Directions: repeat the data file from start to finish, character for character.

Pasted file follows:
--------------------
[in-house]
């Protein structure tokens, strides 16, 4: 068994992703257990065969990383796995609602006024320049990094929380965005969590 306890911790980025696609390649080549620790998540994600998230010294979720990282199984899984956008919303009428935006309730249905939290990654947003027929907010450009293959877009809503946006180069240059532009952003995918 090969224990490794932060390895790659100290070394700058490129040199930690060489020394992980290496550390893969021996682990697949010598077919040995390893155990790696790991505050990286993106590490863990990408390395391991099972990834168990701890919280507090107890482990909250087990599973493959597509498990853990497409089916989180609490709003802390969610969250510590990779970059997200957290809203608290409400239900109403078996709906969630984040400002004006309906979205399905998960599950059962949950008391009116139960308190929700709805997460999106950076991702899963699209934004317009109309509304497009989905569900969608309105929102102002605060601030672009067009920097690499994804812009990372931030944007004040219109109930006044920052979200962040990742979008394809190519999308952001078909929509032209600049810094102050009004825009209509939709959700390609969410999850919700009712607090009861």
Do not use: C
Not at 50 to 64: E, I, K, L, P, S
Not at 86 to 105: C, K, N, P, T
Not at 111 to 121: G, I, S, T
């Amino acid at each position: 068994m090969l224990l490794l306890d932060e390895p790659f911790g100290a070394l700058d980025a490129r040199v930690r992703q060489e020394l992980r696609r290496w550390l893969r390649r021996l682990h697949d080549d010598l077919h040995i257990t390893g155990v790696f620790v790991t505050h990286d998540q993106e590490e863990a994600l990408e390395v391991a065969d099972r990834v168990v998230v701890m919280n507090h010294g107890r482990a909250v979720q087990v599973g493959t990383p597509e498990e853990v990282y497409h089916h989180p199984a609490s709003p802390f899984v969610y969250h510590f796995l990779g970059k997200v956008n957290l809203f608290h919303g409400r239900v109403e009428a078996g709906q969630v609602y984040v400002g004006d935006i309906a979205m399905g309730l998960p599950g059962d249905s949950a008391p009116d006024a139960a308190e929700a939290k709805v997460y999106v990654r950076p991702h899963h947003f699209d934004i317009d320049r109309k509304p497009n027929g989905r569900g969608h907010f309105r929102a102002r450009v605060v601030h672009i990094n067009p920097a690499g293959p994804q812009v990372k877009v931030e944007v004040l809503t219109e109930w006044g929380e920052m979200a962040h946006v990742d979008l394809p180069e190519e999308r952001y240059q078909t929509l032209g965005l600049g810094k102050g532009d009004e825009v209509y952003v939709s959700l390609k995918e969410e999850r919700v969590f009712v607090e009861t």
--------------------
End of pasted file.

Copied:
[in-house]
């Protein structure tokens, strides 16, 4: 068994992703257990065969990383796995609602006024320049990094929380965005969590 306890911790980025696609390649080549620790998540994600998230010294979720990282199984899984956008919303009428935006309730249905939290990654947003027929907010450009293959877009809503946006180069240059532009952003995918 090969224990490794932060390895790659100290070394700058490129040199930690060489020394992980290496550390893969021996682990697949010598077919040995390893155990790696790991505050990286993106590490863990990408390395391991099972990834168990701890919280507090107890482990909250087990599973493959597509498990853990497409089916989180609490709003802390969610969250510590990779970059997200957290809203608290409400239900109403078996709906969630984040400002004006309906979205399905998960599950059962949950008391009116139960308190929700709805997460999106950076991702899963699209934004317009109309509304497009989905569900969608309105929102102002605060601030672009067009920097690499994804812009990372931030944007004040219109109930006044920052979200962040990742979008394809190519999308952001078909929509032209600049810094102050009004825009209509939709959700390609969410999850919700009712607090009861």
Do not use: C
Not at 50 to 64: E, I, K, L, P, S
Not at 86 to 105: C, K, N, P, T
Not at 111 to 121: G, I, S, T
């Amino acid at each position: 068994m090969l224990l490794l306890d932060e390895p790659f911790g100290a070394l700058d980025a490129r040199v930690r992703q060489e020394l992980r696609r290496w550390l893969r390649r021996l682990h697949d080549d010598l077919h040995i257990t390893g155990v790696f620790v790991t505050h990286d998540q993106e590490e863990a994600l990408e390395v391991a065969d099972r990834v168990v998230v701890m919280n507090h010294g107890r482990a909250v979720q087990v599973g493959t990383p597509e498990e853990v990282y497409h089916h989180p199984a609490s709003p802390f899984v969610y969250h510590f796995l990779g970059k997200v956008n957290l809203f608290h919303g409400r239900v109403e009428a078996g709906q969630v609602y984040v400002g004006d935006i309906a979205m399905g309730l998960p599950g059962d249905s949950a008391p009116d006024a139960a308190e929700a939290k709805v997460y999106v990654r950076p991702h899963h947003f699209d934004i317009d320049r109309k509304p497009n027929g989905r569900g969608h907010f309105r929102a102002r450009v605060v601030h672009i990094n067009p920097a690499g293959p994804q812009v990372k877009v931030e944007v004040l809503t219109e109930w006044g929380e920052m979200a962040h946006v990742d979008l394809p180069e190519e999308r952001y240059q078909t929509l032209g965005l600049g810094k102050g532009d009004e825009v209509y952003v939709s959700l390609k995918e969410e999850r919700v969590f009712v607090e009861t």